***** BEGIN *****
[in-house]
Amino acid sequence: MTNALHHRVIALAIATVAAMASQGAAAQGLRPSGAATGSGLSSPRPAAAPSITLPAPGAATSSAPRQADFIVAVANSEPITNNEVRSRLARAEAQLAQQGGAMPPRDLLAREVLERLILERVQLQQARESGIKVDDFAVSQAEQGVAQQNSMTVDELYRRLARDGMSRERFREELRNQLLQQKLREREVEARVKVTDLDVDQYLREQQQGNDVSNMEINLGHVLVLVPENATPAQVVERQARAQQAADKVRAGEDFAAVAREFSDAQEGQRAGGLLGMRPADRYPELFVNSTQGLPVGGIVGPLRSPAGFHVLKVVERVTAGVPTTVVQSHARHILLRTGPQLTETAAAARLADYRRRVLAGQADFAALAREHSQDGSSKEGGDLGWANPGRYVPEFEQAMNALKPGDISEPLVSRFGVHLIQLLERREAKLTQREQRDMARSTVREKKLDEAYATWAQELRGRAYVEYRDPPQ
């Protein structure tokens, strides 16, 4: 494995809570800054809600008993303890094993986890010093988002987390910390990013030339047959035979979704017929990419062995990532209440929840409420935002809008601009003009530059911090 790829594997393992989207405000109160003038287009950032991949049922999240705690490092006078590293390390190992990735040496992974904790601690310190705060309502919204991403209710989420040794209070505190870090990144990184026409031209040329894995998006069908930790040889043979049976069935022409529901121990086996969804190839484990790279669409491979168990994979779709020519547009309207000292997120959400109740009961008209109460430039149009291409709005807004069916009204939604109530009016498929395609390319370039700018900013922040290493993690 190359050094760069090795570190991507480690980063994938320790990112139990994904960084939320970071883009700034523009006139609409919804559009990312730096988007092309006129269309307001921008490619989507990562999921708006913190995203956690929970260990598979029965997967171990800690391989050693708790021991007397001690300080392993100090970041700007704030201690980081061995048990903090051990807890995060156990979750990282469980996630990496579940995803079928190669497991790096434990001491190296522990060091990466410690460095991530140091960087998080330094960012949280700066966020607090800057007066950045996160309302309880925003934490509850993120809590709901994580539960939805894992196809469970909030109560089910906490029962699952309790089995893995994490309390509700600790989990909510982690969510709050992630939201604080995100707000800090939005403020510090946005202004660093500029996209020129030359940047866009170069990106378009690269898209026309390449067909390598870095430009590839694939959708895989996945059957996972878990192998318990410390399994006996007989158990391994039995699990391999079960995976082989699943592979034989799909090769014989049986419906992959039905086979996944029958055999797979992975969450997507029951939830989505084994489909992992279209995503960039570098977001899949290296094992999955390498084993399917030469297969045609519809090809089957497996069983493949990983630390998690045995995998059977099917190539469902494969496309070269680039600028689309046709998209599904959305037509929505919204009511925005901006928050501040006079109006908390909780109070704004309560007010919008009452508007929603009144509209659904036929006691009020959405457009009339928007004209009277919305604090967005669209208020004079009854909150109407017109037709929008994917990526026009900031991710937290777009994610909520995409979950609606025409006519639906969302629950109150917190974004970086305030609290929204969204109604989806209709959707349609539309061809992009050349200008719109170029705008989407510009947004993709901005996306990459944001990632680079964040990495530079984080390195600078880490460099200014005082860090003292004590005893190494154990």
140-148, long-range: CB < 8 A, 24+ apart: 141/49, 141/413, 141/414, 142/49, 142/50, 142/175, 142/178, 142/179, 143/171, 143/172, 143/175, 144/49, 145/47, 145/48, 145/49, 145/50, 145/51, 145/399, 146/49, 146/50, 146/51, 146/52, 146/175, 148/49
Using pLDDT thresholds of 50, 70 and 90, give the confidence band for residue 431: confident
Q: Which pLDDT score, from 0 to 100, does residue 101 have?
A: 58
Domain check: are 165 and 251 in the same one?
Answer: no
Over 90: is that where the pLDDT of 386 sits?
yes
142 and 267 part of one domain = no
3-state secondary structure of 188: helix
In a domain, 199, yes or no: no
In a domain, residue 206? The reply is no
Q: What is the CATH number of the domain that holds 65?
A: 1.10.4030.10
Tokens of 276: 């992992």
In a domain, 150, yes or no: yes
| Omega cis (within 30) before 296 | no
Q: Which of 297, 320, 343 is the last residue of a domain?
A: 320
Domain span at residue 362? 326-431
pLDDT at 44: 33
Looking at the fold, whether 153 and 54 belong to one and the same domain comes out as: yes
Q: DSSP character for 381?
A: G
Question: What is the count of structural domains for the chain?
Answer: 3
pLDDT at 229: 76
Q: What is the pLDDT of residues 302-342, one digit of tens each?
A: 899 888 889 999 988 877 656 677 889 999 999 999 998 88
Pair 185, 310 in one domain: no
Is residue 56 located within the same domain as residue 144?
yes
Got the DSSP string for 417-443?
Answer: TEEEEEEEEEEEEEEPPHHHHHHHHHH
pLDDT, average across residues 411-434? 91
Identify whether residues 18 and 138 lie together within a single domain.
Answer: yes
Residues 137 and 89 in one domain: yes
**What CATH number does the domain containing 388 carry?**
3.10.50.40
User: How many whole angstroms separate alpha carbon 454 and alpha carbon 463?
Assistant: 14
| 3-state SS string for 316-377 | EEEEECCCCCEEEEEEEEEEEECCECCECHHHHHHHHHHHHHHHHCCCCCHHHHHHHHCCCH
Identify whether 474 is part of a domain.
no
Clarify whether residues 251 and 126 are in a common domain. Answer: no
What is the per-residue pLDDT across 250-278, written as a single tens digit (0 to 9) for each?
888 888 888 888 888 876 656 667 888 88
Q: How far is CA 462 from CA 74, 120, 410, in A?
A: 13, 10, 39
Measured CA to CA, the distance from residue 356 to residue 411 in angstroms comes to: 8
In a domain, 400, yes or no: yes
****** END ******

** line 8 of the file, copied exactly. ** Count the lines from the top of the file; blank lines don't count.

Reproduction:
Domain check: are 165 and 251 in the same one?